A waterside stroll around Plymouth

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Smeaton’s Tower, Plymouth Hoe. As usual, click on the thumbnails for much larger photos

Today we have one of intheboatshed.net’s waterside strolls – and this time it’s a series of photos taken by my wife Julie Atkin on a recent trip to the old maritime city of Plymouth.

The town shows the scars of having been devastated by a notorious wartime bombing raid in 1941 but still has quite a few old gems of buildings left from earlier times. It also has some striking large and small monuments, many of which are rather touching.

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Cattewater Harbour Commission; the impressive Royal William Victualling Yard built in the 1820s; the wonderful 1935 Tinside tidal swimming pool; and the site where they make the fabulously fragrant Plymouth Gin

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Apart from the smack in the first group of photos there weren’t many interesting old wooden boats around, but she found these  – the one on the left is for sale

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The Sir Francis Drake monument; the Mayflower monument; a list of the Pilgrim Fathers (click on the image to see it at a readable size); Roanoke Colonies; Tolpuddle Martyrs; iron pipes!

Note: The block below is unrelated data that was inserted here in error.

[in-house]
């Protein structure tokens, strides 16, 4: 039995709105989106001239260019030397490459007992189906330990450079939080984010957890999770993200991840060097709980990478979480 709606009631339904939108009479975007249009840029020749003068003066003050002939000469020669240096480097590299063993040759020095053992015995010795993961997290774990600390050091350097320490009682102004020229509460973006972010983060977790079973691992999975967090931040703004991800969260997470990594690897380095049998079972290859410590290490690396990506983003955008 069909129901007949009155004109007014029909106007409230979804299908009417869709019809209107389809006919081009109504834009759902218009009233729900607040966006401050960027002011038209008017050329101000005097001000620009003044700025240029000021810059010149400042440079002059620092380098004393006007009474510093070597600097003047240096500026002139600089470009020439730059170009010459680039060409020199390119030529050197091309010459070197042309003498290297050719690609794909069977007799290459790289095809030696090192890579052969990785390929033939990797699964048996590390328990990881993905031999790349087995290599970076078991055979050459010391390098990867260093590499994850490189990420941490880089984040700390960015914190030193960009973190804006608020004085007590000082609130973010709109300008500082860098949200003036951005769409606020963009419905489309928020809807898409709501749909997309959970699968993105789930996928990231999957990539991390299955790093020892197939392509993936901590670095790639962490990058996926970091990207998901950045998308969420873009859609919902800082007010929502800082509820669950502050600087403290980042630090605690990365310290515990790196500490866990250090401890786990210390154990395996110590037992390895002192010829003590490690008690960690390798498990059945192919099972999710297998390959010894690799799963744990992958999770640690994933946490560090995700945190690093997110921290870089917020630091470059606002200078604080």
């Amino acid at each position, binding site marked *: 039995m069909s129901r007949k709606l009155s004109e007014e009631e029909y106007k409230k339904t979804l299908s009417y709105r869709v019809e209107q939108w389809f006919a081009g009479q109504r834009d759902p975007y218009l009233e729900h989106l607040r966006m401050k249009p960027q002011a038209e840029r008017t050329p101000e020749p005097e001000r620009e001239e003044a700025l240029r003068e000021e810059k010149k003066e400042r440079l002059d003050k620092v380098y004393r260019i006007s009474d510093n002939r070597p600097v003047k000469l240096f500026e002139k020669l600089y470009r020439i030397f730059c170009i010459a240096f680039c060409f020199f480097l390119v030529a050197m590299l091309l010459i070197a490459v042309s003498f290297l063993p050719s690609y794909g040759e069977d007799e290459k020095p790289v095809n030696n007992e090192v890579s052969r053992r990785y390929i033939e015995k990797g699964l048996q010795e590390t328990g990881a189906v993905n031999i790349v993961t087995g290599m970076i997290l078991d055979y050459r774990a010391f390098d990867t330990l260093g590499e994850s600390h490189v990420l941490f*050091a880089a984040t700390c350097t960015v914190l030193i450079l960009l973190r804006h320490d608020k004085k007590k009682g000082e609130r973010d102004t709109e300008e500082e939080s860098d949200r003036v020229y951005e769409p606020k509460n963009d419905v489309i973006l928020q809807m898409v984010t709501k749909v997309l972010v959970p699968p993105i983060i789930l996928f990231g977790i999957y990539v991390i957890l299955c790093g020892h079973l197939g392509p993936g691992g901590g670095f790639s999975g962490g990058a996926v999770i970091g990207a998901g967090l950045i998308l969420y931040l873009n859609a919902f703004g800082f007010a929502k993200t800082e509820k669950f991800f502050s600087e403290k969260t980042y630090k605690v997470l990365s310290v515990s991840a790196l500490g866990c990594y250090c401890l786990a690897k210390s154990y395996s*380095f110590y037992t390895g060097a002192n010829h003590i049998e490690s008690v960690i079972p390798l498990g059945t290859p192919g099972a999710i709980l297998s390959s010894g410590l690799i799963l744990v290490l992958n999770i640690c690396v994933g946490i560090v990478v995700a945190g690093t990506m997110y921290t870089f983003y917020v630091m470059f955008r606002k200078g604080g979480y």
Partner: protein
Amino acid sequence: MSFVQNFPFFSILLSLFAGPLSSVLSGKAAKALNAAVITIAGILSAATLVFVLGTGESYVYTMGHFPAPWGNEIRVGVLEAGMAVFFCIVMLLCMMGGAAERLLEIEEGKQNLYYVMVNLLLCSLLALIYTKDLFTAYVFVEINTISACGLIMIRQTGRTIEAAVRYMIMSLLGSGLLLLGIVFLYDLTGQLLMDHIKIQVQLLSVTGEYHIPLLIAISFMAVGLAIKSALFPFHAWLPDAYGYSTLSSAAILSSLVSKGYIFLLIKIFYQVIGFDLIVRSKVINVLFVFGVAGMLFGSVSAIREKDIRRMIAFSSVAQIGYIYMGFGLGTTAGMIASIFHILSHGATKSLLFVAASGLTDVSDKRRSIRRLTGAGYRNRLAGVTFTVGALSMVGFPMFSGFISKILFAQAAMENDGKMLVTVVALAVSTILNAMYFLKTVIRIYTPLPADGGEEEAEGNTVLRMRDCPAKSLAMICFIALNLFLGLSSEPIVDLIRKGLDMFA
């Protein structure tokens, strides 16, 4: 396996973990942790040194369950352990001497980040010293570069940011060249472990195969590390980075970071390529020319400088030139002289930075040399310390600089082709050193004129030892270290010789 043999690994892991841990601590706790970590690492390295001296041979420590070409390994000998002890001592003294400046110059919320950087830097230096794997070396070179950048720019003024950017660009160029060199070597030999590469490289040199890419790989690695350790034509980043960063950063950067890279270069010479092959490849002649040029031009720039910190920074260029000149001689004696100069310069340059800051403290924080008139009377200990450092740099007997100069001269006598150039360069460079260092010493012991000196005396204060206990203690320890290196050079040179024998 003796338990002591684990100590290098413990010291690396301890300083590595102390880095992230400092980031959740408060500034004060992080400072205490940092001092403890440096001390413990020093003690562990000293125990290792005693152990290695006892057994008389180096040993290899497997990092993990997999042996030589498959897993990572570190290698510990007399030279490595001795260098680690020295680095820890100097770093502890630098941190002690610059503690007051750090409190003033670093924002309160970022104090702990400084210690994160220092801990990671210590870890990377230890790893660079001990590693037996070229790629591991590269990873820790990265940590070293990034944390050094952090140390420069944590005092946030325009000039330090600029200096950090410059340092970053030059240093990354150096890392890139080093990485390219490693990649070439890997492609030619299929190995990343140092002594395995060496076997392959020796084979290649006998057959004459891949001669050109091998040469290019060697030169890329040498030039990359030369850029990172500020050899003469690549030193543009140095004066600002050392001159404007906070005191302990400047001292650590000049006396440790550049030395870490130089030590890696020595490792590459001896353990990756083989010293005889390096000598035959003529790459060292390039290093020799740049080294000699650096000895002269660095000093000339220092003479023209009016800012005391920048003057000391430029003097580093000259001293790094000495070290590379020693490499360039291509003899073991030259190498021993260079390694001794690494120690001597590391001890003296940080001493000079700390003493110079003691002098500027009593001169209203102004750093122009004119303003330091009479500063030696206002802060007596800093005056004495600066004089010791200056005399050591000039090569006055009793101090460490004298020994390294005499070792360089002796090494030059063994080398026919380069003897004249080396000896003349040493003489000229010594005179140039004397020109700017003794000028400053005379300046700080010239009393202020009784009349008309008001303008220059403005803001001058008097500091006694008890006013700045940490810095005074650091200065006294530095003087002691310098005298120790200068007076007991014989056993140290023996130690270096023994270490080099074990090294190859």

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Monuments on the wall of the Royal National Lifeboats Institution shop make loss and survival at sea intensely personal: see how the name Launder comes up several times, and the memorials to the crew of the Pescado, the last of the old time trawler skippers and the last steam trawler skipper. And don’t miss the memorial to the elderly couple whose long lives are attributed to eating a lot of fish


2 thoughts on “A waterside stroll around Plymouth”

  1. The plaque dedicated to Francis Drake states that the State of California Francis Drake Commission presented the plaque is a total fabrication by the Drake Navigators Guild. The State of California Francis Drake Commission conducted a hearing as to Drake landed in California in October of 1978 and concluded with these words: "It would take a leap of faith rather than fact, to register Drake's Bay or any other California bas as an historical landmark."

    Garry Gitzen's book published in 2008 "Francis Drake in Nehalem Bay 1579, Setting the Historical Record Straight" is now being recognized by current scholars as the true location of Drake's landing site.

  2. Thank you. Much appreciation for this great and illuminating articlel – and excellent photographs. Only one suggestion: most of – and there are many – Plymouth's wooden fishing boats are no longer to be found at the old Barbican – now replaced by a thoroughly vulgar glassware shoppe. Actually that may have been replaced by now. There's a walkway from the Mayflower Steps across to the new trading area – and if the tide's right that's where the boats are. If you have permission to enter. It's not all gloom and doom in Plymouth's fishing community – though it's certainly not what it was.

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